Communication with extraterrestrial intelligence

In my book, “The Grail of the Unicorn Planet” the extraterrestrials that live on the planet Altair are highly advanced and benevolent.  They visit Earth, unknown to most of us but if they did show their faces they would be friendly. However some people believe that to try and make contact with aliens and send messages to outer space is foolhardy and even dangerous. David Brun, scientist and science fiction author and considers it may be risky to reveal Earth’s location to alien civilisations.  Another notable critic is the eminent physicist Stephen Hawking, who has said, “If aliens visit us, the outcome would be much as when Columbus landed in America, which didn’t turn out well for the Native Americans,”

Nevertheless, we have been sending messages since 1974 and are continuing to do so. So what messages have been sent and where have we sent them?

Well, the first time humans tried signaling aliens was in 1974, from the Arecebo radio telescope in Puerto Rico.  The message was aimed at a cluster of stars called M13, 25.000 light years away.  An answer if one ever comes will come back in 50,000 years, so perhaps we do not need to worry too much for after all the earth may not survive for that long.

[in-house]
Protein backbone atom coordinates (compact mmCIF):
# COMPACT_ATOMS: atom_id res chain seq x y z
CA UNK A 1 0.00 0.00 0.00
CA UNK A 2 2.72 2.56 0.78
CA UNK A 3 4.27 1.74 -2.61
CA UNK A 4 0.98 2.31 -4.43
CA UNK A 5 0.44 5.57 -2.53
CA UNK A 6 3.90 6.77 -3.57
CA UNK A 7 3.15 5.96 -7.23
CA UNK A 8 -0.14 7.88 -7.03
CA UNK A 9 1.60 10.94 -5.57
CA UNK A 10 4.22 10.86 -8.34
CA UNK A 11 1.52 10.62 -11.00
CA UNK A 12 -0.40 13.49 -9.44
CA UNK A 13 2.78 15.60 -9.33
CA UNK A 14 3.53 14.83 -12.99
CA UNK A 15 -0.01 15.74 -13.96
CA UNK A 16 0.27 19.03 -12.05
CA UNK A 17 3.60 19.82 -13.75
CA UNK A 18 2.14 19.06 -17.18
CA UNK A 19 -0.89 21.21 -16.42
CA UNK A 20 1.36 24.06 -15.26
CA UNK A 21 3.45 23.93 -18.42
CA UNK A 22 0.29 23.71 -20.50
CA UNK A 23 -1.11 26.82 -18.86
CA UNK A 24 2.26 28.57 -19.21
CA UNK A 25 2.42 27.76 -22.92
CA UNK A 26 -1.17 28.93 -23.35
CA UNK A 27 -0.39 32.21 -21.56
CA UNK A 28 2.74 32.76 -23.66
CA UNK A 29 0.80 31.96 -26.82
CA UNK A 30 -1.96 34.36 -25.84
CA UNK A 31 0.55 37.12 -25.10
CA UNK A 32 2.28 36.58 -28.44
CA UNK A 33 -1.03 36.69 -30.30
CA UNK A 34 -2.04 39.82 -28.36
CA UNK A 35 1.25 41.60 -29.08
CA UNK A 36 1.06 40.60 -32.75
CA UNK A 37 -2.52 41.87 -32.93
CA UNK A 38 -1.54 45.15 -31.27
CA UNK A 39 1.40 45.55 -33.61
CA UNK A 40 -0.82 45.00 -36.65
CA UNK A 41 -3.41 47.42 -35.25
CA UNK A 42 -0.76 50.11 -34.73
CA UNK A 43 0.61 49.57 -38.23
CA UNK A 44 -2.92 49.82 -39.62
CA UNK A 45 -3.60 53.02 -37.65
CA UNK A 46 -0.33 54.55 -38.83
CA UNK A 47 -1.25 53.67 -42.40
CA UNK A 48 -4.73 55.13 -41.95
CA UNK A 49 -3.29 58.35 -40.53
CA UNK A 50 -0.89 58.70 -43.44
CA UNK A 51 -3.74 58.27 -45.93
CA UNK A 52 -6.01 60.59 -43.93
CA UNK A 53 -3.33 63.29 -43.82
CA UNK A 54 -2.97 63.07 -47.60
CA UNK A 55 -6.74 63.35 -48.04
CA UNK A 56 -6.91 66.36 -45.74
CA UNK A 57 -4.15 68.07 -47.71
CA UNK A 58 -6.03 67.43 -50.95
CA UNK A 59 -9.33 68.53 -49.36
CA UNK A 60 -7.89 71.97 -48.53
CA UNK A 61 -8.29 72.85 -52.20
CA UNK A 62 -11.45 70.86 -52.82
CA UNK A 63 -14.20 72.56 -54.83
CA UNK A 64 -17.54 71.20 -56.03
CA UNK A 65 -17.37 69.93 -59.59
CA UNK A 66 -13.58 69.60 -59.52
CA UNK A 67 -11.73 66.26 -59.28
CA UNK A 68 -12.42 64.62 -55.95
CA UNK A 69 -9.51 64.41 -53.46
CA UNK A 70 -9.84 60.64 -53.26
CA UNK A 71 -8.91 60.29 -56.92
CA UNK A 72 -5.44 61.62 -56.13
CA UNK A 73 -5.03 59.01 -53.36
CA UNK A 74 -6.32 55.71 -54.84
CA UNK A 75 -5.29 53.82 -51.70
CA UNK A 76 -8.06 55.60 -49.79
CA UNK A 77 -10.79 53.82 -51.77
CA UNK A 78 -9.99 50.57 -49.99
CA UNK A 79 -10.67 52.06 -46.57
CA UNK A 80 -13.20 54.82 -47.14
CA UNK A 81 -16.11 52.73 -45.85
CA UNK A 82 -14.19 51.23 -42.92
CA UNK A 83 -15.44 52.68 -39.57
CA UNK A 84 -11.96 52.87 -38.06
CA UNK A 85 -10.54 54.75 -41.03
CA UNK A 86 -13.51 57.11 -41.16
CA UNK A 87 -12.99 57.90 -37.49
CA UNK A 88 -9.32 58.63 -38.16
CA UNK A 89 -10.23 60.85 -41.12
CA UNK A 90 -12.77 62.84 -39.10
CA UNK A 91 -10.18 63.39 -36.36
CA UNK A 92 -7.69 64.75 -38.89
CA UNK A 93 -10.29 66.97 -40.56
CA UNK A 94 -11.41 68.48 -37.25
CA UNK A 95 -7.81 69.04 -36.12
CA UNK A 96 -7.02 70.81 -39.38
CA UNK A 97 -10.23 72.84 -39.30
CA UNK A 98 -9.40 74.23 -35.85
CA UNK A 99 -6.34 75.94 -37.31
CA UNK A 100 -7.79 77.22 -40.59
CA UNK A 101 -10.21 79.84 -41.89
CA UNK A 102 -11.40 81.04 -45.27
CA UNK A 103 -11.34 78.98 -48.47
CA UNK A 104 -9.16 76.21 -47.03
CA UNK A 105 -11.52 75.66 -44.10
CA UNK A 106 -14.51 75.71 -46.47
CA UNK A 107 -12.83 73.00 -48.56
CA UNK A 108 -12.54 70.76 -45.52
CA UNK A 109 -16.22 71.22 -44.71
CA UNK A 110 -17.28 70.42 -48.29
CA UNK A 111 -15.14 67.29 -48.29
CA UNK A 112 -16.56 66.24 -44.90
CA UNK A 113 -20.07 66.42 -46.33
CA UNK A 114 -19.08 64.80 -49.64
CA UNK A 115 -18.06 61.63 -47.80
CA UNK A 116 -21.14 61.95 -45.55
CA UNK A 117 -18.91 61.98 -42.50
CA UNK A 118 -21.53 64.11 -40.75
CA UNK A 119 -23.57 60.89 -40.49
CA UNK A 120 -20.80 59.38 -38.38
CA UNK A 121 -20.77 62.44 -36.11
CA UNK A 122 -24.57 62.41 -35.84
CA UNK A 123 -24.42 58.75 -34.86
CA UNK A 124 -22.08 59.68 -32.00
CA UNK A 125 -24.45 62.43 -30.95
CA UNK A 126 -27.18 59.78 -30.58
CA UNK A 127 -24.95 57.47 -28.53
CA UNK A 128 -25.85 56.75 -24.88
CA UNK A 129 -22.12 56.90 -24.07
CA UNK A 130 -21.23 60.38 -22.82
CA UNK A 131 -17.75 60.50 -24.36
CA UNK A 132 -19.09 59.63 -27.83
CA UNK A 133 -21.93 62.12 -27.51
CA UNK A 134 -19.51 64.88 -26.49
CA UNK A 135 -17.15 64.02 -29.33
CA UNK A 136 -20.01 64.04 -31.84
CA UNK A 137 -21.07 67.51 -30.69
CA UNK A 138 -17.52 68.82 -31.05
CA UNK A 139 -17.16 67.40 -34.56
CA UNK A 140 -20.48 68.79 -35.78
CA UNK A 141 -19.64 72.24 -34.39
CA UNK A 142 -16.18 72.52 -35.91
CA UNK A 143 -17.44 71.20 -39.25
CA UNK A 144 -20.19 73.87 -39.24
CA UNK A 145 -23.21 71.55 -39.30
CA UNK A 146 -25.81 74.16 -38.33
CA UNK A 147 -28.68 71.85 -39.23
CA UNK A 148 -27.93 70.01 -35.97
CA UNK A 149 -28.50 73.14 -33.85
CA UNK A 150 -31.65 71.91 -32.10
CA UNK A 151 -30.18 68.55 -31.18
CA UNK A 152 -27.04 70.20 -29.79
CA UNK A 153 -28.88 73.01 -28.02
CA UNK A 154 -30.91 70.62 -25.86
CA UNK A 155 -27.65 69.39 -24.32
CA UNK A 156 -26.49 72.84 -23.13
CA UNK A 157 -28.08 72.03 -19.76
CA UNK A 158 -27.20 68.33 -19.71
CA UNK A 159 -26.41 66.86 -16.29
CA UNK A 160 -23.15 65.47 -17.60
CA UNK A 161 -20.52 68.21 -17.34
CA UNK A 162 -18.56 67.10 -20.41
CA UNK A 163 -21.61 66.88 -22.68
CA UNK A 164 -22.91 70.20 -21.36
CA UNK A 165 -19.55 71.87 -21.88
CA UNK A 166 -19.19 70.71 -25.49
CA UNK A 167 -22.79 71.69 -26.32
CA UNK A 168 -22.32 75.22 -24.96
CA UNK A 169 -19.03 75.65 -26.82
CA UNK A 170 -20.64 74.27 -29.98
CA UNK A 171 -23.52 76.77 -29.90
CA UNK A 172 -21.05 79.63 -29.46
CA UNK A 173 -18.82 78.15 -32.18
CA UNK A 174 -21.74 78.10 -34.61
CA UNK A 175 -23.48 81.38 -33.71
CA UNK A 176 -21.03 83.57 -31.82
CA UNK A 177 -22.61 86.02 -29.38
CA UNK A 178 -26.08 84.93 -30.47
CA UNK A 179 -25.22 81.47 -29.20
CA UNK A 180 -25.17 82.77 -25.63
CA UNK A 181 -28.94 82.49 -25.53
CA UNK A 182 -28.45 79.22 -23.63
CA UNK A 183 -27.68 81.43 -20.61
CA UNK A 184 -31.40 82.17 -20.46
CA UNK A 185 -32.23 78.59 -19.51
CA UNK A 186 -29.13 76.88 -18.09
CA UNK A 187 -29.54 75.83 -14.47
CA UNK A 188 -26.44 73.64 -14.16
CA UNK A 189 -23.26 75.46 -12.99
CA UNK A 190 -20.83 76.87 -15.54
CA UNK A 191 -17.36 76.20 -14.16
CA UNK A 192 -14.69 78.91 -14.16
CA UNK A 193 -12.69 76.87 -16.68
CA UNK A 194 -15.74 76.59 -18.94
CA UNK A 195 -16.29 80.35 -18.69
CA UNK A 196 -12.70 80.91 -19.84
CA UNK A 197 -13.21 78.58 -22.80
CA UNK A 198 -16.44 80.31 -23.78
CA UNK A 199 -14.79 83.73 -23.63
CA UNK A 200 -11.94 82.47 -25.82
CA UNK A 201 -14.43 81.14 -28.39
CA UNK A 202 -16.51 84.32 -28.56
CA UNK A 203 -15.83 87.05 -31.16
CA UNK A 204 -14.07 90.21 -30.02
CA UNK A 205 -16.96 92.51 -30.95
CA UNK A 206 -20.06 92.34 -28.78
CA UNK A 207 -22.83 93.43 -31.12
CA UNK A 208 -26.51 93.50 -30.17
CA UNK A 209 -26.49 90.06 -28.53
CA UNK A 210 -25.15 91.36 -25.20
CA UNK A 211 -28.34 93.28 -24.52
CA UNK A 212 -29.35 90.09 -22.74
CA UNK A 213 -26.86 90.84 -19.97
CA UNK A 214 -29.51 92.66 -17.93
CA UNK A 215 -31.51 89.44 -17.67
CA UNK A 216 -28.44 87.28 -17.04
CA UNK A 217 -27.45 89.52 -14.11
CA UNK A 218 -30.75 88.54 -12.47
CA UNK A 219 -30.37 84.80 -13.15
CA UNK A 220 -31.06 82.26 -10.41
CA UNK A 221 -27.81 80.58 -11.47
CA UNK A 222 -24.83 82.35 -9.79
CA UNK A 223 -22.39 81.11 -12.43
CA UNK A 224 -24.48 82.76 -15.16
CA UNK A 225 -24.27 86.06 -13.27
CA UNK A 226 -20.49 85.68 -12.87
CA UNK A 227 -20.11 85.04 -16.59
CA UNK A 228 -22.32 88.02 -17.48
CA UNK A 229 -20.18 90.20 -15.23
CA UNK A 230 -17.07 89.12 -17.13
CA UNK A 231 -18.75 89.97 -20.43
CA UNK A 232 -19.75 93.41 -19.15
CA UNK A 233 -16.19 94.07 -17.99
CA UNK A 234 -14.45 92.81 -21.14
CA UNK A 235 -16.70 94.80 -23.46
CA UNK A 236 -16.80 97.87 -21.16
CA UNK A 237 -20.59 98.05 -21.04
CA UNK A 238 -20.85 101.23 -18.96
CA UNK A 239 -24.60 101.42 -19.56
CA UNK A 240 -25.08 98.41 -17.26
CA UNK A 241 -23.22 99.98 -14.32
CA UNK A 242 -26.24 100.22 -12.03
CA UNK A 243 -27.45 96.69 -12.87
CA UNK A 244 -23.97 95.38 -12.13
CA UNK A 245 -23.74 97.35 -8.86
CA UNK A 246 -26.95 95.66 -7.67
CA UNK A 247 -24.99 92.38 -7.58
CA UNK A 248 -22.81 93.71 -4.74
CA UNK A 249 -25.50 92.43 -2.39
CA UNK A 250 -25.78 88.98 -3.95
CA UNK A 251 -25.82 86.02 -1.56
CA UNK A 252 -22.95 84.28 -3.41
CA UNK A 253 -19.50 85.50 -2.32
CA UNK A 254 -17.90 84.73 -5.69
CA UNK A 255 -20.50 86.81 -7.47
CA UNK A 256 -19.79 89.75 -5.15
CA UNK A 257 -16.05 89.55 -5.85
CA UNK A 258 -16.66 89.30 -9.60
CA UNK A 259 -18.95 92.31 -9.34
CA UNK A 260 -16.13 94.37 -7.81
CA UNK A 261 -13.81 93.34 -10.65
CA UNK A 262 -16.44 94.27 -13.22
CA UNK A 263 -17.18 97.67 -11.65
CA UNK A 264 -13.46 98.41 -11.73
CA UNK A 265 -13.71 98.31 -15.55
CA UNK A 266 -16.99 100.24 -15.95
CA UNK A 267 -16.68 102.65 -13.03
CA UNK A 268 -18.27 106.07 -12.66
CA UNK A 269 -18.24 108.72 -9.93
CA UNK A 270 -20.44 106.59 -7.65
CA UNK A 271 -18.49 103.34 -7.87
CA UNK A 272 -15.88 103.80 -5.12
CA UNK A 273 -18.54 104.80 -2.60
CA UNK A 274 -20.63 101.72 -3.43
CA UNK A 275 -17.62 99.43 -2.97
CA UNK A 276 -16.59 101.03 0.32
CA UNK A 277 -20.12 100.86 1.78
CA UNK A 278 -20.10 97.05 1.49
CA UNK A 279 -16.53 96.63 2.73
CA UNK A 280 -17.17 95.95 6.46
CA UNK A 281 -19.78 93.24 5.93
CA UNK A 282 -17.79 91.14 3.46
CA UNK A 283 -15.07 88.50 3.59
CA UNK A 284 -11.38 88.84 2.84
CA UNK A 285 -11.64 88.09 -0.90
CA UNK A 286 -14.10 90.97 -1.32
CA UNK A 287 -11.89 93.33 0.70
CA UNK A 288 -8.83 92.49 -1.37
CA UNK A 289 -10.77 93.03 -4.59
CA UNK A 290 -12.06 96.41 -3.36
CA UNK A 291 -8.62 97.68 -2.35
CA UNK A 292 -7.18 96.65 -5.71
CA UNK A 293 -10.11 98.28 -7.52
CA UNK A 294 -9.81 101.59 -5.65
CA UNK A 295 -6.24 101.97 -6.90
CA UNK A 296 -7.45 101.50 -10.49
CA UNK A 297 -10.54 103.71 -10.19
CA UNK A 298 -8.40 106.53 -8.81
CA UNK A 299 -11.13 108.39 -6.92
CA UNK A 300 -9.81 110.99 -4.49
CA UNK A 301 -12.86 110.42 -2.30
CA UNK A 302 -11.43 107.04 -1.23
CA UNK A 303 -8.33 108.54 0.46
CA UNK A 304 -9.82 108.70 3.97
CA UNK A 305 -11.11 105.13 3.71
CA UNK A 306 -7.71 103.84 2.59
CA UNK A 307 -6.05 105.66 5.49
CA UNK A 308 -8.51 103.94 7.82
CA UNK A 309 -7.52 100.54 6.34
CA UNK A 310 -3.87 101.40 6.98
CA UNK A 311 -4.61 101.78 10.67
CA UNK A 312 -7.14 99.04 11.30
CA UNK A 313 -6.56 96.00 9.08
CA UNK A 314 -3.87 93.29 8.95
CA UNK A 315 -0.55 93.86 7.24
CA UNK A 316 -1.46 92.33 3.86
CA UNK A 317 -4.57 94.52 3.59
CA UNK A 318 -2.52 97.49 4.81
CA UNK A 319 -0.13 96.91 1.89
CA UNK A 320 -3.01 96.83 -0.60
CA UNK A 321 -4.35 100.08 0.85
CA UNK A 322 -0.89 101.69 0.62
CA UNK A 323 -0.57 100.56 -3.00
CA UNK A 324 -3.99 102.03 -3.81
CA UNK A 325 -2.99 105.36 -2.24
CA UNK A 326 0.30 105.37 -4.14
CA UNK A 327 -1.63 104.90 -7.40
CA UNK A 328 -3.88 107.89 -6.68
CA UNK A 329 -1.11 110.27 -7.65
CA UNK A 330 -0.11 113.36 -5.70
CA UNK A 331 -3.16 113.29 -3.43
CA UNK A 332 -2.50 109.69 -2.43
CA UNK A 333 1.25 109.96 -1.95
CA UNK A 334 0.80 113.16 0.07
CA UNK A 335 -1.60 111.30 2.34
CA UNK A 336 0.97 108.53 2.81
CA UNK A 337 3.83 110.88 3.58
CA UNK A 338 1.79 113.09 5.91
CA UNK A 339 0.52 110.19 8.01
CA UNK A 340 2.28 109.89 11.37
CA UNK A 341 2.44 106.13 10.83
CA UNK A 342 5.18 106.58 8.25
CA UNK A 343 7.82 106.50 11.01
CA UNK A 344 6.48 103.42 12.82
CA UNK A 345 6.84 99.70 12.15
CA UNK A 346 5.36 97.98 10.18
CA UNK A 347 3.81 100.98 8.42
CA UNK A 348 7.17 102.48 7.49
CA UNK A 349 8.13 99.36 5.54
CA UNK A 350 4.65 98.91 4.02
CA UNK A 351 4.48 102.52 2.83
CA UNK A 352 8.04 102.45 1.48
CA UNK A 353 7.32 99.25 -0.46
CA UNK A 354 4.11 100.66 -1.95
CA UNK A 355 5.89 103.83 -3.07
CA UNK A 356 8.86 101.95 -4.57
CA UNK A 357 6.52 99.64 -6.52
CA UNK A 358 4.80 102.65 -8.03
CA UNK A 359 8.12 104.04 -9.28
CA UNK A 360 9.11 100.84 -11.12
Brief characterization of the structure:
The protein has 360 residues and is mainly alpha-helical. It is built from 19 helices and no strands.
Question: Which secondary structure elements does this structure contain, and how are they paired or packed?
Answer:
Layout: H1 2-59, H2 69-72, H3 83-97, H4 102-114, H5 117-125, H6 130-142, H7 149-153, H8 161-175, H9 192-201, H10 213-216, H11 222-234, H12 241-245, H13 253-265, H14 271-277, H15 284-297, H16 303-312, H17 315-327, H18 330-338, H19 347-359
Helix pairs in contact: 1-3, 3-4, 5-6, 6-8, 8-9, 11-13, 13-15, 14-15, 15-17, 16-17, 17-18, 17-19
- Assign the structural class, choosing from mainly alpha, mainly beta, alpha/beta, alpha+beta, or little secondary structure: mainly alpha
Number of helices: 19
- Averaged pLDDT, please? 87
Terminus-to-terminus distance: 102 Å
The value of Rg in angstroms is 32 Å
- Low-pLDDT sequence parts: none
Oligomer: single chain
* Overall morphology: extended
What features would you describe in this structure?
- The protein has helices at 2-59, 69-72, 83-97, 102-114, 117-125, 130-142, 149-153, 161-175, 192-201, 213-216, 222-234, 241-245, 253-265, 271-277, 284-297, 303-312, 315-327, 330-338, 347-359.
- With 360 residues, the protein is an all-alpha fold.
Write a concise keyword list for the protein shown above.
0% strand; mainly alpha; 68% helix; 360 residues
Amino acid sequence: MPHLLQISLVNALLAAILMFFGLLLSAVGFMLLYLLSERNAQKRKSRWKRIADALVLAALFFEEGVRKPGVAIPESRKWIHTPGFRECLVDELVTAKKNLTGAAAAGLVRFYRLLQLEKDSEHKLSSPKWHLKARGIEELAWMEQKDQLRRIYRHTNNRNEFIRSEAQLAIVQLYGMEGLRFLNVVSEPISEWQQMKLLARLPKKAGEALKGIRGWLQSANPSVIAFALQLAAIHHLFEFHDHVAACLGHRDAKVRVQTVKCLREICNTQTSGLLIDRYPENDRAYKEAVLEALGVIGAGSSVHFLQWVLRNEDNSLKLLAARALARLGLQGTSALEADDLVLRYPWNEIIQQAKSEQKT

The <em>Arecebo message</em>  used the binary system and consisted of the numbers one through to ten, then the atomic numbers of basic elements ,  formulas for sugars and bases of the nucleotides of DNA, the double helix structure of DNA, a figure of a human being and its height, the population of earth, a diagram of our solar system and an image of the Arecebo telescope with its diameter.